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Hubert van Eyck, The Adoration of the Mystic Lamb ©1432 (Public Domain)


The Corpus Christi Procession through London's West End had become an annual fixture. As last year, again this, it was impossible to envisage such a large public event but we are now planning for a Procession to take place on Sunday 1oth June covering even more ground than before. Starting from Warwick Street at 3pm, the route will include stations at Farm Street and the Ukrainian Cathedral before wending its way over Oxford Street for Benediction at St James's Spanish Place.


"The Mystery of Faith". Words we hear in every celebration of the Mass. "He had always loved those who were his own in the world, but now he showed how perfect his love was." Saint John's description of what happened in the Upper Room on the evening before Jesus goes to his Passion.

The Eucharist is first and foremost a Mystery of Love. Saint Francis of Assisi (writing in the 13th century) could say: "Our whole being should be seized with fear, the whole world should tremble and heaven rejoice, when Christ the Son of the living God is present on the altar in the hands of the priest. What wonderful majesty! What stupendous condescension! O sublime humility! That the Lord of the whole universe, God and the Son of God, would humble himself like this and hide under the form of a little bread for our salvation". And that is what we believe. That under the form of a little piece of bread and the smallest sip from a chalice, we receive the body and blood, the soul and divinity of our Lord and Saviour, Jesus Christ.

No human imagination could have come up with such an idea. How can He who made everything that is - who is infinitely larger, and more complex, and more wonderful, than the sum total of the creation, which has existed for untold millions of years, and extends into distances which are beyond human calculation, how can He approach us in a way that is so small, so insignificant? He who is Eternal Light makes himself small enough that even a child can receive him. He who is the beginning and the ending of everything makes himself accessible to anyone, and everyone-, by answering the basic human need for nourishment. This is love of such a depth that it can only be Divine. We marvel at it, and we say'. "Lord, I am not worthy to receive you".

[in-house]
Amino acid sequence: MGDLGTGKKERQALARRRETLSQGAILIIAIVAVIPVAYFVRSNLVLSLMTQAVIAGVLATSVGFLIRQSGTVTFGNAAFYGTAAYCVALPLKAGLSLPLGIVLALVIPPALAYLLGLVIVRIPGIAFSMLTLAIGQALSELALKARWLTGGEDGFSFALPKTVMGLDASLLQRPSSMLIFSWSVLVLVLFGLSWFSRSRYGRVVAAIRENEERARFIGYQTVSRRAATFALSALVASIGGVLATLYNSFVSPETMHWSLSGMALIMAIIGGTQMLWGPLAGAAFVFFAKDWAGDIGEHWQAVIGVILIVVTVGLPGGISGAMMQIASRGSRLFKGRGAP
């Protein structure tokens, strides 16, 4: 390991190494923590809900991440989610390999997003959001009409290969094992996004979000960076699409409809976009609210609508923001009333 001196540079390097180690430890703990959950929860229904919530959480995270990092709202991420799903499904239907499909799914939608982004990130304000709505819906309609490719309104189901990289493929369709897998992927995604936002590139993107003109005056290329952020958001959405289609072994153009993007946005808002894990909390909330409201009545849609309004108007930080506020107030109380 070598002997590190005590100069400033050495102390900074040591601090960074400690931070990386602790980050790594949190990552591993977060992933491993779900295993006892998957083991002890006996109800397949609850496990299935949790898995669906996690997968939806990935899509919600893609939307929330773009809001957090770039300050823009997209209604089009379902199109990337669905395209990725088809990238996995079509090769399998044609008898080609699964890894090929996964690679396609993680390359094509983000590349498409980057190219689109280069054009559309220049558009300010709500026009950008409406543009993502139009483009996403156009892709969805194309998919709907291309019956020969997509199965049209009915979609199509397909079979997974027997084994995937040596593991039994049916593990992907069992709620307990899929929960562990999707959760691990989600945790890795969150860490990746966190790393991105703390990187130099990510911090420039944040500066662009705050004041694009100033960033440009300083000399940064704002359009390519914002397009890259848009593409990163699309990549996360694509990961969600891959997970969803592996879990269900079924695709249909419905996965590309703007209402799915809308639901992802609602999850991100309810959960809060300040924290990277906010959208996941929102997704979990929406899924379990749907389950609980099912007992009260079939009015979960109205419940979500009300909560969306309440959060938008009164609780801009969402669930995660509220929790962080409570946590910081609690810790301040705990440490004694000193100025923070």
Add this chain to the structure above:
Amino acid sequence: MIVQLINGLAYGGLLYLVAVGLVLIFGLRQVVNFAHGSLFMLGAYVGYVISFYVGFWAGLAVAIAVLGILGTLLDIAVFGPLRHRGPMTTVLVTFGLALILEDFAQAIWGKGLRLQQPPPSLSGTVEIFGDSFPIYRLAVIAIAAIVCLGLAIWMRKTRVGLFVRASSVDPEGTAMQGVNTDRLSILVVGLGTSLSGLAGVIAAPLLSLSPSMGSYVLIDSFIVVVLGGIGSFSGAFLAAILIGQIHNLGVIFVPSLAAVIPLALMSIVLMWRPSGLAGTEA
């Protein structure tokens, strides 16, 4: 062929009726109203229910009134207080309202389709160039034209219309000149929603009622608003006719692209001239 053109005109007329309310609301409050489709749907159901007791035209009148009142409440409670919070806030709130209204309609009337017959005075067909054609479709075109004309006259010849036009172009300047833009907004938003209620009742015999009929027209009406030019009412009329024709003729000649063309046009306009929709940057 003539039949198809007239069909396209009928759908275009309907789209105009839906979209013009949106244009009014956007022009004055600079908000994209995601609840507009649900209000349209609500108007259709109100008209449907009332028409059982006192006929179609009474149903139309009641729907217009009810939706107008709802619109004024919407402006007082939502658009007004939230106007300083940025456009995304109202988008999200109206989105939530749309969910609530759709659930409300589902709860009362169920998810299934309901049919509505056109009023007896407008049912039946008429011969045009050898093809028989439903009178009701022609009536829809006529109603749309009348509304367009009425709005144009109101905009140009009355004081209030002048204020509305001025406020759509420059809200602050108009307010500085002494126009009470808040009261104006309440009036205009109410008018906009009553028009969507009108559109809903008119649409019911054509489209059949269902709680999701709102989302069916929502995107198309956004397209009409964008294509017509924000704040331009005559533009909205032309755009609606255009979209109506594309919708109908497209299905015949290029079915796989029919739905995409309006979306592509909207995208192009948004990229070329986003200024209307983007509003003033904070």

The Eucharist is a Mystery of Faith. Saint John Vianney, the Cure d'Ars, once wrote: "By Communion, Jesus makes us his own Body, and identifies himself with us as the body with the head. He is not content with showing himself to us. He puts himself into our hands, into our mouths, mingling his substance with our substance, that we may become one spirit with him". We cannot know this truth through our natural senses. Taste, touch, sight, smell, hearing - none of these tell us that bread and wine are anything other than what they appear to be in their physical reality. But faith in the word spoken to us by Him who is the Truth convinces us that this is no ordinary food. The outward sign conceals the totality of the Saviour - anything less would mean that our worship of the Real Presence was idolatrous.

The Holy Spirit, who was promised to us as the guide into the fullness of truth, has helped the church to speak of this tremendous Mystery - to find a language in which we can express with our lips what our souls already experience. On the road to Emmaus, the two disciples said that their hearts burned within them in the, as yet, unrecognised presence of their Lord. We believe that in every act of Holy communion our small gifts of bread and wine have been returned to us transformed, transfigured - they are substantially changed - they are Jesus. Cardinal Hume once made the point that our Catholic churches feel different from other centres of worship - for us, they are places where our hearts do burn within us, as we sense who it is tabernacled among us here on earth.

“The Eucharist is our living Memorial. In the Eucharist, as the Council recalls, ‘is contained the whole spiritual good of the Church, namely Christ himself our Pasch and the living bread which gives life to men through his flesh – that flesh which is given life and gives life through the Holy Spirit. Thus men are invited and led to offer themselves, their works and all creation with Christ…” (Pope Paul VI, Presbyterorum ordinis, n.5).

Story by Fr Christopher Colven

St James's News

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